Analyzing Patriots’ 10-Player 2022 NFL Draft Class By The Numbers

What do the stats and measurables tell us about these new Patriots rookies?


May 6, 2022

In an effort to learn more about the New England Patriots’ 2022 NFL Draft class, we took a by-the-numbers deep dive into each of their 10 new draftees.

All measurables and testing numbers were taken from the NFL Scouting Combine unless otherwise specified. Percentiles courtesy of Mockdraftable.

Let’s jump in:

First round, 29th overall
2021 stats: 10 starts at left guard, one start at left tackle
Career stats: 42 starts at left guard, one start at left tackle, one start at center (49 appearances)

— Strange is one of the most athletic linemen in this year’s rookie class. His 40-yard dash, three-cone drill, short shuttle and broad jump all were in the 89th percentile or better for his position, and his bench press ranked in the 86th percentile.

— Though his run blocking is considered more advanced than his pass blocking, Strange was rarely beaten by pass rushers in college. He allowed just one sack, three quarterback hits and seven hurries over the last three seasons, per Pro Football Focus.

— Strange’s top NFL comps on Mockdraftable include Ali Marpet, J.C. Tretter and former Patriot Joe Thuney, who from 2016 to 2020 manned the left guard spot Strange is expected to occupy.

— Strange played six seasons at Chattanooga and had six different offensive line coaches.

Second round, 50th overall
2021 stats: 62 catches, 948 yards, 10 touchdowns in 14 games (all starts)
Career stats: 142 catches, 2,242 yards, 19 touchdowns in 47 games (33 starts)

— If there’s one trait Thornton has in spades, it’s speed. His 4.28-second 40-yard dash was both the fastest of any receiver at this year’s combine and the fastest by any wideout drafted by the Patriots during the Bill Belichick era.

New England’s top four receivers entering the draft (DeVante Parker, Jakobi Meyers, Kendrick Bourne and Nelson Agholor) all ran the 40 in 4.42 seconds or slower, with Meyers and Bourne both posting times in the 4.6 range.

“You want to get faster, you’d better get fast guys,” Patriots director of player personnel Matt Groh said. “I don’t know how many guys out there are faster than Tyquan.”

Thornton’s 130-inch broad jump also ranked in the 92nd percentile for his position.

— But based on his testing numbers, Thornton lacks the quickness New England typically looks for in its wideouts. He ran a 7.25-second three-cone and 4.39 short shuttle at his pro day, and both were the slowest by any Patriots-drafted receiver since 2000, not including special teamer Matthew Slater.

The Patriots traditionally have avoided receivers with blazing 40 times and questionable agility, making Thornton — whom they traded up four spots to select — a surprising Day 2 target. He’s just the third wideout with a sub-4.35-second 40 time Belichick has drafted; neither of the other two (second-rounders Bethel Johnson and Chad Jackson) panned out.

— At 6-foot-2, 181 pounds, Thornton is the lightest receiver the Patriots have drafted under Belichick, and his 8 1/4-inch hands are the second-smallest, raising questions about how he’ll hold up against better, more physical coverage at the NFL level. His hands weren’t an issue in college, however. He didn’t have more than three drops in any of his four seasons at Baylor.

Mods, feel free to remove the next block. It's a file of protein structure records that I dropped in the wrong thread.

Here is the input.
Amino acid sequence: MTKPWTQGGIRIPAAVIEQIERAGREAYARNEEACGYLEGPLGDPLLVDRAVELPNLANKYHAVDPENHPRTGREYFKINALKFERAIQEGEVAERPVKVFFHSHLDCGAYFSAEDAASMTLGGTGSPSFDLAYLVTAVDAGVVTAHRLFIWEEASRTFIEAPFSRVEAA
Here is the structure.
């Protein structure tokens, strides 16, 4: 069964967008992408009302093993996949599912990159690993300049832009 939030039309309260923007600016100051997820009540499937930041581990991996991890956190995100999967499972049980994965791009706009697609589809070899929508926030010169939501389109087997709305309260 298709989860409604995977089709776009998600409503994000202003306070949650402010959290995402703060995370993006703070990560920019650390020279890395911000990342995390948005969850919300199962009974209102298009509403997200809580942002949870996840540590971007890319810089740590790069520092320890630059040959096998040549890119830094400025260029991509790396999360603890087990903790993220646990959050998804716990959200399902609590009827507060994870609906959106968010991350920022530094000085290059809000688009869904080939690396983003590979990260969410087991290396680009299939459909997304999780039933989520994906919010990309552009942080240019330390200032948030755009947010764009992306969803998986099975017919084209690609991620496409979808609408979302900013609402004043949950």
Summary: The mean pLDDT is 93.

— Thornton averaged 15.7 yards per catch over his college career.

Third round, 85th overall
2021 stats: 48 tackles, five interceptions, 18 passes defended, one tackle for loss, one forced fumble in 13 games (10 starts)
Career stats: 155 tackles, 10 interceptions, 42 passes defended, five tackles for loss, one forced fumble in 44 games (27 starts)
Measurables: Did not test at combine or pro day (shoulders)

— Disregard that wingspan typo, but Jones is downright tiny for an NFL cornerback. Based on his combine measurements, he’s the second-lightest player on the Patriots’ roster (behind one player we’ll cover in a moment) and the second-shortest behind 5-foot-6 running back J.J. Taylor.

That lack of size wasn’t much of a hindrance for Jones in college, however. He was PFF’s highest-graded cornerback in one-on-one coverage over the last two seasons.

— Jones primarily played as an outside cornerback at Houston, lining up there on 412 snaps last season compared to 123 in the slot, 53 in the box and nine as a deep safety. He said he’s willing to play anywhere for the Patriots, but at his size, the slot is likely to be his No. 1 position in the pros.

— Though he is a talented cover man, Jones’s truly elite skill is his return-game prowess. He owned the title of best return man in college football, totaling six kick-return touchdowns and three punt-return touchdowns over his tenures at Troy and Houston.

Those included a 100-yard game-winner in the final minute of a victory over SMU last fall.

Jones averaged 28.8 yards per kickoff return and 13.5 yards per punt return in college, and his nine total kick/punt return TDs tied an NCAA record.

The Patriots have question marks at both return spots after losing Gunner Olszewski to the Pittsburgh Steelers in free agency.

— Winner of the Paul Hornung Award as college football’s most versatile player, Jones also saw action as a wide receiver last season, catching 10 passes for 109 yards and a touchdown.

— Jones is coming off surgery on both of his shoulders, which prevented him from testing during the pre-draft process.

Fourth round, 121st overall
2021 stats: 32 tackles, three interceptions, nine passes defended, 2 1/2 tackles for loss, one sack, three forced fumbles in 11 games (seven starts)
Career stats: 135 tackles, 10 interceptions, 39 passes defended, 2 1/2 tackles for loss, one sack, five forced fumbles in 52 games (22 starts)

— Jones is extremely light for a cornerback, with his 171-pound combine weigh-in ranking in the 1st percentile for his position. He’s three inches taller than Marcus Jones but three pounds lighter.

Speaking with earlier this week, East-West Shrine Bowl director Eric Galko projected Jack Jones as a slot defender to start but said he has lockdown perimeter cornerback potential if he can bulk up a bit.